A Colorado congressman wants the federal government to reconsider the crescent-shaped design for the Flight 93 National Memorial – even as family members voice their support of it.

In a letter sent Tuesday to National Park Service Director Fran Mainella, U.S. Rep. Tom Tancredo, R-Colo., said the crescent shape could invite controversy and criticism.

“Regardless of whether or not the invocation of a Muslim symbol by the memorial designer was intentional, it seems such a symbol is unsuitable for paying appropriate tribute to the heroes of Flight 93 or the ensuing American struggle against radical Islam that their last historic act and the ‘Let’s Roll’ effort has come to symbolize,” Tancredo wrote.

A copy of the letter was obtained by The Tribune-Democrat.

“I hope that you will reject this recommended design, and urge the committee to select a more appropriate design,” Tancredo wrote.

Called “Crescent of Embrace,” the design by Paul Murdoch Architects of Los Angeles features a mile-long, semicircular pathway of red maples surrounding the crash site.

Forty innocent passengers and crew, along with four Islamic hijackers, were killed when the plane plummeted into a reclaimed strip mine near Shanksville on Sept. 11, 2001. It was the only one of four hijacked jets that day that did not hit its intended target, believed to be the White House or Capitol.

Murdoch has said the design contained no religious symbolism, and the word crescent was used in a generic architectural sense to describe the bowl-shaped valley around the point of impact.

Earlier this summer, Tancredo angered Muslims by suggesting on a Florida radio program that the United States could “take out” Muslim holy sites if Islamic terrorists attacked us with nuclear bombs, The Associated Press reported.

“There are obvious concerns in having a major symbol of Islam as part of a 9/11 memorial,” Tancredo spokesman Will Adams said in a telephone interview from Washington.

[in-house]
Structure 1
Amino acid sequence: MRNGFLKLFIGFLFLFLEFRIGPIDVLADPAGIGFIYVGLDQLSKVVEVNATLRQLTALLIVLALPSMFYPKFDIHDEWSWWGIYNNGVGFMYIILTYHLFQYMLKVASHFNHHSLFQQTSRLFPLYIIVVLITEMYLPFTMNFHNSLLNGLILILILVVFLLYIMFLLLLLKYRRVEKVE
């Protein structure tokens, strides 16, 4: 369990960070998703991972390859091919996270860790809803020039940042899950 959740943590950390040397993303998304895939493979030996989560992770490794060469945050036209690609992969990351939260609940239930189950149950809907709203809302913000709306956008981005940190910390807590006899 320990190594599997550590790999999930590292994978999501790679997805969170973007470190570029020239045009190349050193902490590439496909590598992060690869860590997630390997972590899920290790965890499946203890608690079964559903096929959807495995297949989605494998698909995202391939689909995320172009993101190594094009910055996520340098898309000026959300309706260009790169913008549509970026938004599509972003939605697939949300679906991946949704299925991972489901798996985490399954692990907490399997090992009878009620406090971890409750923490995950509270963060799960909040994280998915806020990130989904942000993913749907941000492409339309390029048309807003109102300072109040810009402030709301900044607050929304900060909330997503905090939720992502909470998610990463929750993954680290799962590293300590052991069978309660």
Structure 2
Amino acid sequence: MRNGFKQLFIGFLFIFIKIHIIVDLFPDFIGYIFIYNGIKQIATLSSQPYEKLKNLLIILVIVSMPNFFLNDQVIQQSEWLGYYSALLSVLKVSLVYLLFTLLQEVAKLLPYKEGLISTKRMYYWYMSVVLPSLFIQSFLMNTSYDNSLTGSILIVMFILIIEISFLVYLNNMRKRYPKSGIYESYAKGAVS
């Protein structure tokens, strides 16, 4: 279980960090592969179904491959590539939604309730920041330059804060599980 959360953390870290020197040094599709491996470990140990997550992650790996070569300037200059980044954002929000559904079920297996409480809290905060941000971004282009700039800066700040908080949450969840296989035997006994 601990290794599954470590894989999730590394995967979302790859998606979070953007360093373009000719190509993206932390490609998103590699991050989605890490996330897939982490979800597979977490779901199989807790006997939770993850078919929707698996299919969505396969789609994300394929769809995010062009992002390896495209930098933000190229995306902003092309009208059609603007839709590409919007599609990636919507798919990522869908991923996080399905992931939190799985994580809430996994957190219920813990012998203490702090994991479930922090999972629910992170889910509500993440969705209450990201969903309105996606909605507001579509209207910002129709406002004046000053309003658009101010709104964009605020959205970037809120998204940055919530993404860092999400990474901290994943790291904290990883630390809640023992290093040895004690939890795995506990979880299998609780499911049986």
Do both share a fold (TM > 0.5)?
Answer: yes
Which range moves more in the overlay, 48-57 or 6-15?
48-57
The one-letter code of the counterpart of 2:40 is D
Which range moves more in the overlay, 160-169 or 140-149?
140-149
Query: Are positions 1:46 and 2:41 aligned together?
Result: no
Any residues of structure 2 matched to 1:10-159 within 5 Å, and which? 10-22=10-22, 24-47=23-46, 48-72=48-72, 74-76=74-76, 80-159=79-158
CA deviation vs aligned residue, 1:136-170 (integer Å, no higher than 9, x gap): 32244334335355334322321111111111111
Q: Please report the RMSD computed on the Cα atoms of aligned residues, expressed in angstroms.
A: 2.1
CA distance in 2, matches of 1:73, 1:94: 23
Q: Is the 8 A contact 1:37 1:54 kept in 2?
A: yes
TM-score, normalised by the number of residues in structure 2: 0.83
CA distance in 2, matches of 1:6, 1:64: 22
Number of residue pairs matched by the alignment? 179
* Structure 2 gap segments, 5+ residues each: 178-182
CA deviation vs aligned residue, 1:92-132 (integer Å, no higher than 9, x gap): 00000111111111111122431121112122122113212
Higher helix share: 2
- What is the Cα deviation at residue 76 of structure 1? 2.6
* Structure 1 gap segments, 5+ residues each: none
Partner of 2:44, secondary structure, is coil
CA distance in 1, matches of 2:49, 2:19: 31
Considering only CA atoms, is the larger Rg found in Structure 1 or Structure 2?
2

“The memorial should focus on the heroic acts of the passengers of Flight 93 who stopped fundamentalist Muslim terrorists.”

Esther Heymann, whose stepdaughter, Honor Elizabeth Wainio, was killed on Flight 93, said most family members find the design’s recent criticism “insulting,” considering the designs had been on public display for months before “Crescent of Embrace” was selected.

“I’m greatly saddened by it,” Heymann said from her home in Baltimore. “I think there is an overall consensus that the families feel we have been very open and inviting through all of this, long before it reached this point.

“We’re certainly not trying to pay tribute to the terrorists. I find that insulting,” added Heymann, pointing out that red maples are indigenous to Somerset County.

Jack Grandcolas of San Rafael, Calif., whose wife, Lauren, died on Flight 93, agreed.

“I certainly wouldn’t expect the memorial to be a tribute to the hijackers,” he said. “That goes without saying.”

The Rev. Ron McRae, self-proclaimed bishop of Bible Anabaptist Church near Jerome, brought the controversy to the forefront a day after the design was unveiled last week in Washington.

McRae said Street Preachers Fellowship, based in Lancaster, is preparing to file for an injunction to stop the design.

“I’m not the only one in America that sees that,” he said. “Americans are fed up with terrorism, and we’re not stupid. We’re not all politically correct in trying to appease our enemies.”

McRae said he spoke briefly with Murdoch at a ceremony Sunday in Shanksville commemorating the fourth anniversary of 9/11.

“He asked me if I would be willing to sit down with him and the board and express our concerns,” McRae said. “Of course, I’d be willing to do that.

“It would be nice if the powers that be would look at this, go back to the drawing board and start over.”

Jeff Reinbold, project manager for the National Park Service Flight 93 office in Somerset, said he and Park Superintendent Joanne Hanley would not comment on the letter until the agency’s director responds.

A spokesman for U.S. Rep. Bill Shuster, R-Hollidaysburg, said the congressman has no aversion to the design, either in name or shape.

“The Flight 93 National Memorial is the official name,” said Tory Mazzola. “The design had no Islamic intentions.

“Now is the time to continue to focus on the victims,” he added. “This is a tribute honoring the sacrifices they made, and that’s what the Flight 93 National Memorial does.”

The final design for the memorial is required to be submitted to Gale Norton, secretary of the U.S. Department of the Interior, by Sept. 24.

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